Tides can turn quickly. Fashion, taste as we perceive it can seem to be fickle. Sleek packaging quickly decomposes leaving only a residue of truth. For all the funny films of Robin Williams, his tragic suicide will have brought his status down a notch. The icons and celebrities in our world cultures reveal the values we prize. The media tabloids are simply repeatedly reinforcing those values that are already culturally embedded.

Social, Political and Psychological Implications

In a recent essay, Rayner (2017b) came to the following conclusions:

‘Living organisms display sentience and depend for their sustainability on forming relationships with one another and their surroundings, from which they gather the sources of energy they need to thrive.

Evolution is a product of co-creative fluid relationship, not selective preservation of favoured varieties and removal of others.

Emotionality is an expression of natural energy flow.

Organisms are primarily needful, not selfish.

Opposition, enmity, competition and co-operation are human constructs based on definitive logic, not necessarily natural occurrences.

Love is a natural occurrence, not a human construct.

Wholes and parts, in the sense of completely definable entities do not exist naturally.’As described here, the aura pure is the sum total of the material and the intangible energies in and around us: it is who we are but is ignored by materialistic thinking based on abstract rationality. We are not abstracted from space but dynamic inclusions of space. We are sentient beings, we are vulnerable, and we are conscious. Although we might locate sentience in our nervous system we have no concept of how it actually arises.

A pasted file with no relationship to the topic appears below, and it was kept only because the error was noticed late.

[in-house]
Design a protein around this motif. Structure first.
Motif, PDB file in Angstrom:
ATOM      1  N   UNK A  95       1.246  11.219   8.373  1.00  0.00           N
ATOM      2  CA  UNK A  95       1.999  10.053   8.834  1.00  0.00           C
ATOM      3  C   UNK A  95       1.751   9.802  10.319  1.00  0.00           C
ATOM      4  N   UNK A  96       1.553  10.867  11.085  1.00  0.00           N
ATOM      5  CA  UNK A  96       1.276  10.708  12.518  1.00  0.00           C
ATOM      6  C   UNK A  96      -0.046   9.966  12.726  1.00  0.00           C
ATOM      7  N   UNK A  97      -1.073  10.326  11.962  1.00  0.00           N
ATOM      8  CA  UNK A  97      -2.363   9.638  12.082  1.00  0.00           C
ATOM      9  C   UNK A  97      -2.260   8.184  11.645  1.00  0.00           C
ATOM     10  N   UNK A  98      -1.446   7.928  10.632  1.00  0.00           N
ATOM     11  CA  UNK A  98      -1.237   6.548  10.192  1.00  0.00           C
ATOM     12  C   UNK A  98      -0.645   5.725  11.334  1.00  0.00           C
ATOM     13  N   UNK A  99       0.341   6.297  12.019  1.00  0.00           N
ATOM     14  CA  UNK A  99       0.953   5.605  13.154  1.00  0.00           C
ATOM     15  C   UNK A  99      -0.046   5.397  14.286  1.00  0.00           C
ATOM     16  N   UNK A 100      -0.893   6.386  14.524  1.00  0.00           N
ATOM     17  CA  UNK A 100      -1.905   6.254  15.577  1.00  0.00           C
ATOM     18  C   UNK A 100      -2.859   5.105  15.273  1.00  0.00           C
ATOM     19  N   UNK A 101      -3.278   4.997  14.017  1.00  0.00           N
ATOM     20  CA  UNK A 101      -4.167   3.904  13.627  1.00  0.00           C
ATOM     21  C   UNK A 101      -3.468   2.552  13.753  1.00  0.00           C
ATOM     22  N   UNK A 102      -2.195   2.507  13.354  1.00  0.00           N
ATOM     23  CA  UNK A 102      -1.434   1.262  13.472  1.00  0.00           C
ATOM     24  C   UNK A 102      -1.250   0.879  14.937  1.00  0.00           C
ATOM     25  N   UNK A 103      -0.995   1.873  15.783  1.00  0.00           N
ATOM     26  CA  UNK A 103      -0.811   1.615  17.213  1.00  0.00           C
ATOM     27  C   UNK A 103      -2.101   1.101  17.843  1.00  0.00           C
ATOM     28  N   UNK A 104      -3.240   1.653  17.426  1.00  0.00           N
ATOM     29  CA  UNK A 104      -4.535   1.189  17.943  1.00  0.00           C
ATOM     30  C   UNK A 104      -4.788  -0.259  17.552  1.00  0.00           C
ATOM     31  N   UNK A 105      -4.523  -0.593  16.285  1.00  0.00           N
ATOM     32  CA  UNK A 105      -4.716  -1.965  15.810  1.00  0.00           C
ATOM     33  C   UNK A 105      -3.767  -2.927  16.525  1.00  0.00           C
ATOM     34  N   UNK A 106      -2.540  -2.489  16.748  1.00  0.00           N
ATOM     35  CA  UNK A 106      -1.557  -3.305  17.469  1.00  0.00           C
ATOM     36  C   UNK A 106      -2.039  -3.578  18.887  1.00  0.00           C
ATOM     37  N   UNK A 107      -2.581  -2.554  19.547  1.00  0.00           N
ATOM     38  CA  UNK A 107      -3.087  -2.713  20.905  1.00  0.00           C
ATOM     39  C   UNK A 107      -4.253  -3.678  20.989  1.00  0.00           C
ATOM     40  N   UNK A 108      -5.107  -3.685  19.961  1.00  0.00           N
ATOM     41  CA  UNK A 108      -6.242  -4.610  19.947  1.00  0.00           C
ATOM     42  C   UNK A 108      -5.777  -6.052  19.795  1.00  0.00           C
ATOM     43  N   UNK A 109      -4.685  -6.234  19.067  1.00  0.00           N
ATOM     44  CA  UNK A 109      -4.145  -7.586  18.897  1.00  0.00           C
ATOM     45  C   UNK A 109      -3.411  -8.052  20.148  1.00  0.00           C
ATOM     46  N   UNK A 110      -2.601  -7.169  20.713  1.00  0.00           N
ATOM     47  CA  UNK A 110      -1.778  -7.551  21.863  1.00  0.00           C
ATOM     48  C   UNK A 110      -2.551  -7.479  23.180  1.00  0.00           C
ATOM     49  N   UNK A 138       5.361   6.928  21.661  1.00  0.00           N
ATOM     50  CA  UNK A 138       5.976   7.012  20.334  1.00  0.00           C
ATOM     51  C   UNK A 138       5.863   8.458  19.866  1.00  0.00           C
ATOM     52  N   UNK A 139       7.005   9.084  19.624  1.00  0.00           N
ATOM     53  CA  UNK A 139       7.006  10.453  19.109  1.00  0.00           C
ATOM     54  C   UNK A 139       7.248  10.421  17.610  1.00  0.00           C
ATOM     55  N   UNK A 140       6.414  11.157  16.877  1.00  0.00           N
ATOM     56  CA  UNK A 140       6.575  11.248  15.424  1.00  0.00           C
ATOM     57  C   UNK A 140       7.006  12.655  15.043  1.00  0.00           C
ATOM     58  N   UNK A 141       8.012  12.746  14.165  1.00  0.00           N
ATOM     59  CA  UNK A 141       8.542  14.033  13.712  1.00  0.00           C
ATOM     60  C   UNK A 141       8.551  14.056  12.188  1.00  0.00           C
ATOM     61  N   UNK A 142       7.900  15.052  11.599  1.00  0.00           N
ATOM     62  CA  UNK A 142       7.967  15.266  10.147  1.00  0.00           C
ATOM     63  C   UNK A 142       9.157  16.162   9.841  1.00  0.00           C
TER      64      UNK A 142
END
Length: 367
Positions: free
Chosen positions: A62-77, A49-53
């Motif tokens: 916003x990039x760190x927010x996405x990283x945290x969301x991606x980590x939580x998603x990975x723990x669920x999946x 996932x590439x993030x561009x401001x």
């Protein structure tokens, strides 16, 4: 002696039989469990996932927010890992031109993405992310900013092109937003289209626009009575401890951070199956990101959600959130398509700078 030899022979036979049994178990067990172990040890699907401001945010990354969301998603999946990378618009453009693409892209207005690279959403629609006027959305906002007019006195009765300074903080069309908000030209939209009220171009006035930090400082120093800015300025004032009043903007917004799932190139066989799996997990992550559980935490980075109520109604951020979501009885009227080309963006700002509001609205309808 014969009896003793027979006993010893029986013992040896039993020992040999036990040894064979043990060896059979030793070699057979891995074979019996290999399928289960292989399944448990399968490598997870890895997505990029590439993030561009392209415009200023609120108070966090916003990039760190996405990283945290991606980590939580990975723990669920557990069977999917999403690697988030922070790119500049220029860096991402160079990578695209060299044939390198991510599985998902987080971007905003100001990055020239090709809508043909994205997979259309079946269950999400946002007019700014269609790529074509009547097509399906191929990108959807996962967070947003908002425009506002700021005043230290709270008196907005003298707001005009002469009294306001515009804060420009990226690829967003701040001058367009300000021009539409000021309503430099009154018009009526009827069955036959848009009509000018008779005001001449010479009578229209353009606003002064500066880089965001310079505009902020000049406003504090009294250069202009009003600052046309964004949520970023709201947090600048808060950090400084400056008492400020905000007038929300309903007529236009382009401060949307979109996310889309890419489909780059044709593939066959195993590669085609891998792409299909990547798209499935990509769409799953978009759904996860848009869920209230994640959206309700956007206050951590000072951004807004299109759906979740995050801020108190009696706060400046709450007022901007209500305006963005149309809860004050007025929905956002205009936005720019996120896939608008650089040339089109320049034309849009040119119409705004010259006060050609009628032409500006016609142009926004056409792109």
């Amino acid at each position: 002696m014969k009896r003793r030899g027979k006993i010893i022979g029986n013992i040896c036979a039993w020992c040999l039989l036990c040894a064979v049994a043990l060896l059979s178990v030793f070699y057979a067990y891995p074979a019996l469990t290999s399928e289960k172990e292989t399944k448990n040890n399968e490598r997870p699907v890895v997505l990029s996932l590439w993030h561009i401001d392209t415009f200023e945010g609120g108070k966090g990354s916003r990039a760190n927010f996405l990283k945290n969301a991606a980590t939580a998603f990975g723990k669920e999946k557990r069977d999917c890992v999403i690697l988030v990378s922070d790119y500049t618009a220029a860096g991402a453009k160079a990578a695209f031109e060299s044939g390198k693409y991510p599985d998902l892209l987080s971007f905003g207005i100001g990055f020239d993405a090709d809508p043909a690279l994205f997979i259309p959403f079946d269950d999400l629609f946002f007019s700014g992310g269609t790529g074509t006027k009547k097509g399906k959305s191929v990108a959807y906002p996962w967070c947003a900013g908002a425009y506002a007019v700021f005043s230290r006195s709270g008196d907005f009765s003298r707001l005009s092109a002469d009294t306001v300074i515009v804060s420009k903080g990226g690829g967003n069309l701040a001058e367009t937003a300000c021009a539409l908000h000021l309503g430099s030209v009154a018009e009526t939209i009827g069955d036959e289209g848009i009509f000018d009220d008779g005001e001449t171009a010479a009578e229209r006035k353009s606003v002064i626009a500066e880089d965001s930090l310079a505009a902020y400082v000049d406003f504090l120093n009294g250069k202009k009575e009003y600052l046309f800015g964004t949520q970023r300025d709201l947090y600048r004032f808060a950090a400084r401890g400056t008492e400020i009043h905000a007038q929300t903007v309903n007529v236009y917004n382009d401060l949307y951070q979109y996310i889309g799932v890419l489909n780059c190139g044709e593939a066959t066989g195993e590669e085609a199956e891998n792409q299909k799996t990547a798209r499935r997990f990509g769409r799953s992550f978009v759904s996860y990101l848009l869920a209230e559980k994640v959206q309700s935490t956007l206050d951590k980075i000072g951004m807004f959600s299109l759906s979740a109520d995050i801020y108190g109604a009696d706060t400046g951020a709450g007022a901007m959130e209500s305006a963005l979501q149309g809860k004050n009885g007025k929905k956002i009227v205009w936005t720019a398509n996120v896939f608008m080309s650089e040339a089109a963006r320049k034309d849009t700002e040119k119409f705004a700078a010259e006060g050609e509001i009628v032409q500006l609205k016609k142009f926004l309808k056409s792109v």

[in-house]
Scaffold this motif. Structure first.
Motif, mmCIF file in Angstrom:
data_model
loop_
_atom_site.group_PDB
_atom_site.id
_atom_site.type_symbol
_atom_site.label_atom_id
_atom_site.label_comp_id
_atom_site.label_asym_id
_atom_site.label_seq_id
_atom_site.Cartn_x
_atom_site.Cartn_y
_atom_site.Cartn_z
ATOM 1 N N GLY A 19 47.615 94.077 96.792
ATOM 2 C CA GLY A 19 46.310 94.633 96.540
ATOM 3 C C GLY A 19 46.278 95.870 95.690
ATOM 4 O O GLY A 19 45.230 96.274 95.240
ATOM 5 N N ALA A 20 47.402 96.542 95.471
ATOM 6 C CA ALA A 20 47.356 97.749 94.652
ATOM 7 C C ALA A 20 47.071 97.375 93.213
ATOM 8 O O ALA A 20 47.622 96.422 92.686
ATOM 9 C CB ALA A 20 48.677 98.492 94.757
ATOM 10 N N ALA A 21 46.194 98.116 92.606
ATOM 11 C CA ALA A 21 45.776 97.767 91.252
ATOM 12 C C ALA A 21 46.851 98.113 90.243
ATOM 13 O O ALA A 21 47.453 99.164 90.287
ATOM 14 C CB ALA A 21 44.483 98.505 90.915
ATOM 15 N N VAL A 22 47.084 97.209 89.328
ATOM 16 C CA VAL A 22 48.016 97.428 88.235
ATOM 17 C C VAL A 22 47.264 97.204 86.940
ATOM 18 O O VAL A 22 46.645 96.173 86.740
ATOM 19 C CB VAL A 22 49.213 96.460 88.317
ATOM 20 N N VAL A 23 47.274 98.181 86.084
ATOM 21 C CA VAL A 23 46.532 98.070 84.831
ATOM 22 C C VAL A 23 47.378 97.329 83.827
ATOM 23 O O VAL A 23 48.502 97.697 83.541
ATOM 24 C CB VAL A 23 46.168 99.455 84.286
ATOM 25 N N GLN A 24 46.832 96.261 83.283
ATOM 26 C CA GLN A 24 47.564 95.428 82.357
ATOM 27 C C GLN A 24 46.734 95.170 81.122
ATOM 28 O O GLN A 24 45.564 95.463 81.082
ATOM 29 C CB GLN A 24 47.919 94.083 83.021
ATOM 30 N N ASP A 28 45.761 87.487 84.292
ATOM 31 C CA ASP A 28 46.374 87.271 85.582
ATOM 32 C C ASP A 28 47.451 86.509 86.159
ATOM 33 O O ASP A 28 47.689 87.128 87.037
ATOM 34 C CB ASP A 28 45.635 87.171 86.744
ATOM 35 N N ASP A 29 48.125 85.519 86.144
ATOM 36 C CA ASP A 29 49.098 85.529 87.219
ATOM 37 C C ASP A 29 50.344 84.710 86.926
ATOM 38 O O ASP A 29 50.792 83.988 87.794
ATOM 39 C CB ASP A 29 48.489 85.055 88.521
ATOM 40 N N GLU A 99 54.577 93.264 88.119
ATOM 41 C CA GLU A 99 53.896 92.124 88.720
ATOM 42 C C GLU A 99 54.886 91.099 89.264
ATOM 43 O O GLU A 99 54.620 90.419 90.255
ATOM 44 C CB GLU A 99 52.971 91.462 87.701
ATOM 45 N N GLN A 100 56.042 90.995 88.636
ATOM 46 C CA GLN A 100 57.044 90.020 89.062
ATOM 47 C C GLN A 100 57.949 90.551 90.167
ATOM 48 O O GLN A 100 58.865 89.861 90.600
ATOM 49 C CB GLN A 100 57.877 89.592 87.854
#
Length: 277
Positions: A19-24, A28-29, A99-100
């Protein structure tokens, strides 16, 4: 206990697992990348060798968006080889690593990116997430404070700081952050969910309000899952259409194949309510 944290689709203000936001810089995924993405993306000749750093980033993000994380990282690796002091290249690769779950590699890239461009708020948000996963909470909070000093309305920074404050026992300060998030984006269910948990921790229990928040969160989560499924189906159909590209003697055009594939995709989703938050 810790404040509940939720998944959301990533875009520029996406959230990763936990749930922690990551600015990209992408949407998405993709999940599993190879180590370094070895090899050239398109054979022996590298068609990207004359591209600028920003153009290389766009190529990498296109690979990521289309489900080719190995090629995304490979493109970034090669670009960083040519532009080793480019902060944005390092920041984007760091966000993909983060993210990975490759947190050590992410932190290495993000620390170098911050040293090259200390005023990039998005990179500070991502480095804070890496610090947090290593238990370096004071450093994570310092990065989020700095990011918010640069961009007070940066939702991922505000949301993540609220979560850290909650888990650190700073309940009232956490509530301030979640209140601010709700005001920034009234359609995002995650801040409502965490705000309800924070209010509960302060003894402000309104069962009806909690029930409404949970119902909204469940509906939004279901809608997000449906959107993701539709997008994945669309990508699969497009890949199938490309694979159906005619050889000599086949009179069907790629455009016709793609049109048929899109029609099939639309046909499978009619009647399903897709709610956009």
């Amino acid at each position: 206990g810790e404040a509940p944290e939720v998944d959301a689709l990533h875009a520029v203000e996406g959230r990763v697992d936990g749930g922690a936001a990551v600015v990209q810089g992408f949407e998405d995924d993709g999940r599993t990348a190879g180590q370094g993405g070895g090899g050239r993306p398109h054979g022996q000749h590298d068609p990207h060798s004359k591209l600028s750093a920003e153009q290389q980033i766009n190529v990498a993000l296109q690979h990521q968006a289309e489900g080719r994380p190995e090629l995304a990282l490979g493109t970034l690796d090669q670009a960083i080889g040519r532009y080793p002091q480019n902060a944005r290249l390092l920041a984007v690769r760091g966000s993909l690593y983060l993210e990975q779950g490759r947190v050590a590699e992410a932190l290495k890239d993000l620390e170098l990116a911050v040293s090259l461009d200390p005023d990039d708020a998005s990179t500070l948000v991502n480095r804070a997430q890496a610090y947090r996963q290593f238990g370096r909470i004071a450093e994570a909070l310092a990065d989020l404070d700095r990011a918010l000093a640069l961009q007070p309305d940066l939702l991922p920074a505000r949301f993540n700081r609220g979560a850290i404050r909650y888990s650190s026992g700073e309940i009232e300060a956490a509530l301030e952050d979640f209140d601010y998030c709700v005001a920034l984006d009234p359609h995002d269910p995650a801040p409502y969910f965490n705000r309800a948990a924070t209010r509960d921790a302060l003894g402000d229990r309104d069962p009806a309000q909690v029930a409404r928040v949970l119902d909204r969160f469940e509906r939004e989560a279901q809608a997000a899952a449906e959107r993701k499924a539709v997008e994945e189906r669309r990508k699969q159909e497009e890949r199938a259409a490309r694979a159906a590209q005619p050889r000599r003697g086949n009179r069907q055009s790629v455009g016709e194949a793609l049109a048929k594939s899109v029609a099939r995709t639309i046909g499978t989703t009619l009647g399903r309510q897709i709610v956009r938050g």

There is an implicit ‘knowing’ within us that we speak of in terms of vibe, karma and their inherent co-creative values. This knowing extends to all live bodies from quantum scale outwards but is denied by objectivistic perception in spite of the abundance of scientific evidence that it exists (e.g. Marman 2016). The concept of the ‘biofield’ as a massless field that surrounds and permeates the physical human body (Kreitzer and Saper 2015) is in close alignment with aetheric energies whilst lacking consideration of the receptive influence of intangible space. When I see aetheric energy, this energy is aware and relates directly to the person, the person as material form is present and the aetheric energy appears and is intensely filled with memory and powerful layers of thought.

With the new philosophy of natural inclusionality, we can swiftly see how a communitarian economy based on co-creative fluid relationships between receptive space and responsive energetic flux could develop (Rayner 2010). Such an economy, where all peoples live together as needful, co-creative individuals and groups imbued with a sense of belonging within Nature, would be almost unimaginably different from what we have currently. All disciplines would be transformed. A profound impact on the psychological health of the entire society could manifest (cf Kalsched 2013). If each person is understood to be a needful, emotional, sentient-included-person, the strife and hardship of alienation, selection, abuse, suffering and discrimination would be greatly reduced. Celebrity itself might not be as powerful an industry since we would all perceive this meaningful recognition in ourselves and have no need to reach for it in another.


I have taken a snapshot of a small number of celebrities in this short paper. Clearly, a more comprehensive piece of work could be done on this concept including hundreds more celebrities along the scale from relatively unknown to icon. Further, being saturated in Western culture, I have restricted my treatment to Western values only.

The values we hold dear are a clear mix from Judaic, Christian and Muslim virtues; loving and being loved (love thy neighbour as thyself), mothering (Christ as a child being highlighted), being a father (Mohammed having many children, Abraham having hundreds of children)—as distinct from fathering—quite a different proposition.